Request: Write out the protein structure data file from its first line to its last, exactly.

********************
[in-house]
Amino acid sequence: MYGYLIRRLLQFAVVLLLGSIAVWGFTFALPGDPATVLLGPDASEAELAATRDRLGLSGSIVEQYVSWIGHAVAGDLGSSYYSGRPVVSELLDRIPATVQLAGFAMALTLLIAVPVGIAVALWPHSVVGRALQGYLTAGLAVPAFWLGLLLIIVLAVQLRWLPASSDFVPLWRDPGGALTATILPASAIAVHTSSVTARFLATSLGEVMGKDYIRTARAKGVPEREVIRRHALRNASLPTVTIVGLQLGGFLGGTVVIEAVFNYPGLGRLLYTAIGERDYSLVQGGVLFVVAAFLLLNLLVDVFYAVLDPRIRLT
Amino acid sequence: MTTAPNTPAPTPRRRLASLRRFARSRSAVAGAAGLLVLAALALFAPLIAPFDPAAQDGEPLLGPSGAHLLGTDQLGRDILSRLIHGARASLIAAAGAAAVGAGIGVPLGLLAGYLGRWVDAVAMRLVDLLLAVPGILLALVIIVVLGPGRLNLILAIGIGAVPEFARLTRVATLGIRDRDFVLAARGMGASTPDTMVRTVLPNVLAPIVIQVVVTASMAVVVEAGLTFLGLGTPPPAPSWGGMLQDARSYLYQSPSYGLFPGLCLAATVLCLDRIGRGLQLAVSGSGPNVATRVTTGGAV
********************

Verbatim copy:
[in-house]
Amino acid sequence: MYGYLIRRLLQFAVVLLLGSIAVWGFTFALPGDPATVLLGPDASEAELAATRDRLGLSGSIVEQYVSWIGHAVAGDLGSSYYSGRPVVSELLDRIPATVQLAGFAMALTLLIAVPVGIAVALWPHSVVGRALQGYLTAGLAVPAFWLGLLLIIVLAVQLRWLPASSDFVPLWRDPGGALTATILPASAIAVHTSSVTARFLATSLGEVMGKDYIRTARAKGVPEREVIRRHALRNASLPTVTIVGLQLGGFLGGTVVIEAVFNYPGLGRLLYTAIGERDYSLVQGGVLFVVAAFLLLNLLVDVFYAVLDPRIRLT
Amino acid sequence: MTTAPNTPAPTPRRRLASLRRFARSRSAVAGAAGLLVLAALALFAPLIAPFDPAAQDGEPLLGPSGAHLLGTDQLGRDILSRLIHGARASLIAAAGAAAVGAGIGVPLGLLAGYLGRWVDAVAMRLVDLLLAVPGILLALVIIVVLGPGRLNLILAIGIGAVPEFARLTRVATLGIRDRDFVLAARGMGASTPDTMVRTVLPNVLAPIVIQVVVTASMAVVVEAGLTFLGLGTPPPAPSWGGMLQDARSYLYQSPSYGLFPGLCLAATVLCLDRIGRGLQLAVSGSGPNVATRVTTGGAV